Methods

Theory 1 (crystal composition) was addressed by electron microprobe (Cameca SX100 wavelength dispersive electron probe microanalyser (with PeakSight software) at the University of Cambridge, UK. See Additional file 1 for detailed methods) to determine the composition of vapour-phase ‘prismatic’ (n = 55) and ‘platy’ (n = 8) cristobalite crystals, devitrification quartz (n = 4) and magmatic quartz crystals (for comparison) (n = 2). Only data with totals of 100 ± 0.8% were used in the study, as is common practice for anhydrous rock studies. Dome rock was used to provide large, flat, polished areas of crystals for analysis, which are harder to obtain from ash particles. The statistical difference in the compositions of prismatic and platy cristobalite crystals was determined using Welch’s two-sample t-test.

Additional file 1. Additional methods. 1) Electron microprobe detailed methods; 2) Additional methods for producing sections through ash particles; 3) Method for separation of cristobalite from ash using heavy liquids.

Format: DOCX Size: 19KB Download fileOpen Data

To address theories 2 (heterogeneous surface) and 3 (annealed surface), we adopted two strategies: 1) imaging minerals in thin sections of dome rock to determine the association of cristobalite with other local minerals; 2) imaging individual cristobalite ash particles in cross section to distinguish a cristobalite ‘core’ and a potentially nano-scale ‘rim’ of other minerals or glass.

Imaging of dome rock was carried out on carbon coated (30 nm) thin sections in BSE mode, and combined with elemental analysis on a LEO 1455VP SEM with Oxford Instruments INCA Energy Dispersive (EDS) X-ray analysis system at the Natural History Museum, London (working distance = 14-15 mm, accelerating voltage = 20 kV).

Several methods were developed for thin sectioning individual volcanic cristobalite crystals and two were implemented here. See Additional file 1 for full details.

1) Individual cristobalite crystals were thinned by focussed ion beam in a dual beam FIB-SEM (FEI Helios Nanolab at Durham University) to make them electron transparent [65]. The rim (protected from the FIB by a platinum strip deposited by gas injection) was then analysed by TEM-EDS (JEOL 2100F FEG-TEM with Oxford INCAx-sight Si(Li) EDS software at 200 kV) over several 50 nm transects from the rim into the crystal. However, this time-intensive technique was not suitable for mass analysis of cristobalite crystals so just two cristobalite crystals were analyzed.

2) Cristobalite crystals were separated from ash sample MBA12/7/03 using heavy liquids and mounted in a resin block. The polished blocks were carbon coated (~30 nm) and analysed in the Hitachi SU-70 FEG-SEM at Durham University. High-resolution SEM allowed examination of hundreds of sections through cristobalite crystals with ~5 nm resolution. The Oxford Instruments EDS system (INCAx-act LN2-free analytical Silicon Drift Detector) allowed verification of particle elemental compositions e.g. cristobalite (almost entirely Si and O, with minor Al and Na), plagioclase feldspar (Si, O, Al, Na and Ca) and glass (Si, O and minor Al, K, Na, Ca and Fe), as defined by Horwell et al. [41] as well as compositional variations along ‘rim’ to ‘core’ transects (over a distance of 5-10 μm).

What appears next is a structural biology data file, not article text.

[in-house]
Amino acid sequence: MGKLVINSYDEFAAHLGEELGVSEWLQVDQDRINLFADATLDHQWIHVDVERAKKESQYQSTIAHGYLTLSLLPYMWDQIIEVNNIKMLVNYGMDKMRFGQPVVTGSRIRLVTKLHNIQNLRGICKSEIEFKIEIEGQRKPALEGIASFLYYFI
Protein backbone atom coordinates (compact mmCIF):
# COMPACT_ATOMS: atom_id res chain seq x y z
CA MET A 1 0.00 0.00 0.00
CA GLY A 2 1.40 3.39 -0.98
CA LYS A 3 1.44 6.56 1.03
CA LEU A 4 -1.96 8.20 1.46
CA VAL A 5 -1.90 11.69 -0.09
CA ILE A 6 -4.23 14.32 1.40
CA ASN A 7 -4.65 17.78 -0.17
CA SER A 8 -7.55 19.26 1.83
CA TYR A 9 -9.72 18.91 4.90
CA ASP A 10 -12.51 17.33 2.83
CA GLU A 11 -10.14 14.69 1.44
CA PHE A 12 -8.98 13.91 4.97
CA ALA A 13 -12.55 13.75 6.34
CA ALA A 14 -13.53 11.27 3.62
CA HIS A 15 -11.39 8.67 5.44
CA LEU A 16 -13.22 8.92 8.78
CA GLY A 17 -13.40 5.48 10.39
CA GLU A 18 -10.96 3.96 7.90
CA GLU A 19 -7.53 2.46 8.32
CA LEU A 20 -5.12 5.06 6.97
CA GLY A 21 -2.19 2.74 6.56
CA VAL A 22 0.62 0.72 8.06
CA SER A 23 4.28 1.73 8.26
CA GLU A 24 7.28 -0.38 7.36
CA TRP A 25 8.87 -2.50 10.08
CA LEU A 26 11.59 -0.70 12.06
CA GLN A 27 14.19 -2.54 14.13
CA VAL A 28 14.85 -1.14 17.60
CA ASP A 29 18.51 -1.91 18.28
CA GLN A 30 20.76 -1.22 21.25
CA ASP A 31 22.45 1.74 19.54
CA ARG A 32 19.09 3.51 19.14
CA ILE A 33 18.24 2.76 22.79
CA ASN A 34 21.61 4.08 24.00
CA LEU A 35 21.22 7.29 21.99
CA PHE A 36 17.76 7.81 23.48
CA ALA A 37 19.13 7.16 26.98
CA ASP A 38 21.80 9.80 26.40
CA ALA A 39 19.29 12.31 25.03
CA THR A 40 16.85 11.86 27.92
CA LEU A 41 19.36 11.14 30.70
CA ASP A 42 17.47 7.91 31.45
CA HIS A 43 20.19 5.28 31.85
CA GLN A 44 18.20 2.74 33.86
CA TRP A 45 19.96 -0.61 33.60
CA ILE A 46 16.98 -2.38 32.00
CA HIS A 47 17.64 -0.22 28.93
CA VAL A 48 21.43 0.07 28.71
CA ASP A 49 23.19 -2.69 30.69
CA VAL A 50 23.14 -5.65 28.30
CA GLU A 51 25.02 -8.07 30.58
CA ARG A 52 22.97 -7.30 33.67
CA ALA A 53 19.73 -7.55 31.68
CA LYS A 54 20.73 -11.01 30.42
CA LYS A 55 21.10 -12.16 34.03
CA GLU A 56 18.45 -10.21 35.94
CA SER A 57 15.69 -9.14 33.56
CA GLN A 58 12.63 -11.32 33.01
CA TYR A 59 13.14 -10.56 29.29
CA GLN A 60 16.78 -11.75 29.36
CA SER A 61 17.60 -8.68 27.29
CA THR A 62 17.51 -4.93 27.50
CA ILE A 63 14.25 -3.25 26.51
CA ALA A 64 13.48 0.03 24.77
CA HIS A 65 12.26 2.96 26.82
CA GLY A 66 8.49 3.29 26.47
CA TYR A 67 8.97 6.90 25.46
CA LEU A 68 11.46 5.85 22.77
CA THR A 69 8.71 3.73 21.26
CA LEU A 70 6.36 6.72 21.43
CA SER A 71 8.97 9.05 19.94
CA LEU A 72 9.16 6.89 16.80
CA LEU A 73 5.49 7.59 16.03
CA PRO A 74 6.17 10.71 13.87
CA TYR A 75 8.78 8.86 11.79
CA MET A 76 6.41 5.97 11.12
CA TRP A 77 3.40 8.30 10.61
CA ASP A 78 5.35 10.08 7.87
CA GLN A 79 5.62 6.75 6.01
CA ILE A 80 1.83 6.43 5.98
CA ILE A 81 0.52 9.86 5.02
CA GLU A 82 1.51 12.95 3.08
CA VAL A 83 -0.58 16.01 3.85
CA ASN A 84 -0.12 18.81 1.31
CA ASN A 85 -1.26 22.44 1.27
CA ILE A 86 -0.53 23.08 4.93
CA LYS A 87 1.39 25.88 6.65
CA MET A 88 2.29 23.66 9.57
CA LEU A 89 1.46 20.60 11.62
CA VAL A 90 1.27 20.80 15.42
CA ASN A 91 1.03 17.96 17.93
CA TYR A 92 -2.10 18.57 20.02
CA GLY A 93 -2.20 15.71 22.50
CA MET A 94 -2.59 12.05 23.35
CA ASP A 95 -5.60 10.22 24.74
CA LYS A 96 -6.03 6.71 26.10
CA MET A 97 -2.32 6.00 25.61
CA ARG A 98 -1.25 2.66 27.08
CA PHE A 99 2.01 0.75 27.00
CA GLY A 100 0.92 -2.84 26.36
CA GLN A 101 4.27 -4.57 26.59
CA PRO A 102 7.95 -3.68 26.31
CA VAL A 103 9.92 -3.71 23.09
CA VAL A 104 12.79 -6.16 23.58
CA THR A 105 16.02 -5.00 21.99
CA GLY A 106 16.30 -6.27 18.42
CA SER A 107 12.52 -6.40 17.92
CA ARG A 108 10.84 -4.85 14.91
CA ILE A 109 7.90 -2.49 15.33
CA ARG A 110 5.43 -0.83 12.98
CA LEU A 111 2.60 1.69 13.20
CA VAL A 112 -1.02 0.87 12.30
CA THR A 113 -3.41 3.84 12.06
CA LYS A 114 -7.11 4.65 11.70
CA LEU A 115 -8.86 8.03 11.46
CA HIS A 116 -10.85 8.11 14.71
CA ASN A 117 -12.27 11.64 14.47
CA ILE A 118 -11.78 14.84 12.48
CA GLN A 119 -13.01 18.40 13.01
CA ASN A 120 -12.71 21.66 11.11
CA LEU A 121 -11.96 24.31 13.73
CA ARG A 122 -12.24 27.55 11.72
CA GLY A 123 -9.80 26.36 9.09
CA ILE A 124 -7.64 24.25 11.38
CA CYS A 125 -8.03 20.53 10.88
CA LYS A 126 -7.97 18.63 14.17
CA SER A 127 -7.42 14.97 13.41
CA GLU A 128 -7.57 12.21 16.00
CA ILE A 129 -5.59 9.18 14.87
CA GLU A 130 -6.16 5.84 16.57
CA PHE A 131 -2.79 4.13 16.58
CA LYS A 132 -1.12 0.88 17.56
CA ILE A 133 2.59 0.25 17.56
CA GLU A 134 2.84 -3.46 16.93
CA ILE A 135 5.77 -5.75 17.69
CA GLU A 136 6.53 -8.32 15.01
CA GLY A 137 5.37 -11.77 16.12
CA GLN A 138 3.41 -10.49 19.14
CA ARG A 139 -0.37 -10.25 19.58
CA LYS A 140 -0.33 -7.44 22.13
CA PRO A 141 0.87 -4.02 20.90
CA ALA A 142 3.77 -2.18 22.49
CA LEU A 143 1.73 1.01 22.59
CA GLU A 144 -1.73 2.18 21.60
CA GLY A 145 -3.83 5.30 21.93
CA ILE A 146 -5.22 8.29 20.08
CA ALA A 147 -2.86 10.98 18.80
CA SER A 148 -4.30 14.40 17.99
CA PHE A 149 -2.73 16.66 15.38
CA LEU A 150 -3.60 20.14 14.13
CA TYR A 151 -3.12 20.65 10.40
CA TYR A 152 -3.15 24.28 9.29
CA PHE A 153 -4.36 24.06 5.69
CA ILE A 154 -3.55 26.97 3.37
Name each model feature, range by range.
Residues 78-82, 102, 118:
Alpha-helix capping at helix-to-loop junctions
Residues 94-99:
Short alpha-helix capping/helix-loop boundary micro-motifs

Abbreviations

RCS: Respirable crystalline silica; IARC: International Agency for Research on Cancer; SEM: Scanning electron microscopy; TEM: Transmission electron microscopy; FIB: Focussed ion beam; FEG: Field emission gun; EDS: Energy dispersive X-ray spectroscopy; BSE: Backscattered electron; PDC: Pyroclastic density current; SHV: Soufrière Hills volcano, Montserrat.

Competing interests

There are no financial or non-financial competing interests.

Authors’ contributions

CH acquired funding, designed the study, acquired, analysed and interpreted data and wrote the manuscript. BW helped design the study, acquired, analysed and interpreted data and assisted with manuscript preparation. KD assisted with manuscript preparation, contributing specific expertise in toxicological work on RCS. JLB acquired data and assisted with manuscript preparation. DD acquired data and assisted with manuscript preparation. LB developed sample preparation techniques and assisted with manuscript preparation. All authors read and approved the final manuscript

Authors’ information

CH is the founding Director of the International Volcanic Health Hazard Network (http://www.ivhhn.org webcite) and the UK Natural Dust & Health Network (http://www.dur.ac.uk/claire.horwell/ukndhn webcite).

Acknowledgements

The work of CH was supported by a NERC Postdoctoral Research Fellowship (Grant No. NE/C518081/2). JLB acknowledges a NERC CASE Studentship while at the University of Cambridge, UK (NER/S/A/2006/14107), and DD acknowledges a Moyes Foundation studentship. We are grateful to Sue Loughlin, Thomas Christopher and Montserrat Volcano Observatory staff for access to MVO collections and guidance in the field. We thank Chris Hayward, formerly of University of Cambridge, now at University of Edinburgh, UK, for assistance and training on the electron microprobe. Thanks to Budhika Mendis, GJ Russell Microscopy Facility, Durham University, for TEM work and Ed Llewellin (Durham University) for statistical expertise. Thanks also to Jeremy Skepper (University of Cambridge) for early development of particle sectioning techniques. We are grateful to Dr Peter Baxter (University of Cambridge) for reading a draft of the manuscript and to the three anonymous reviewers.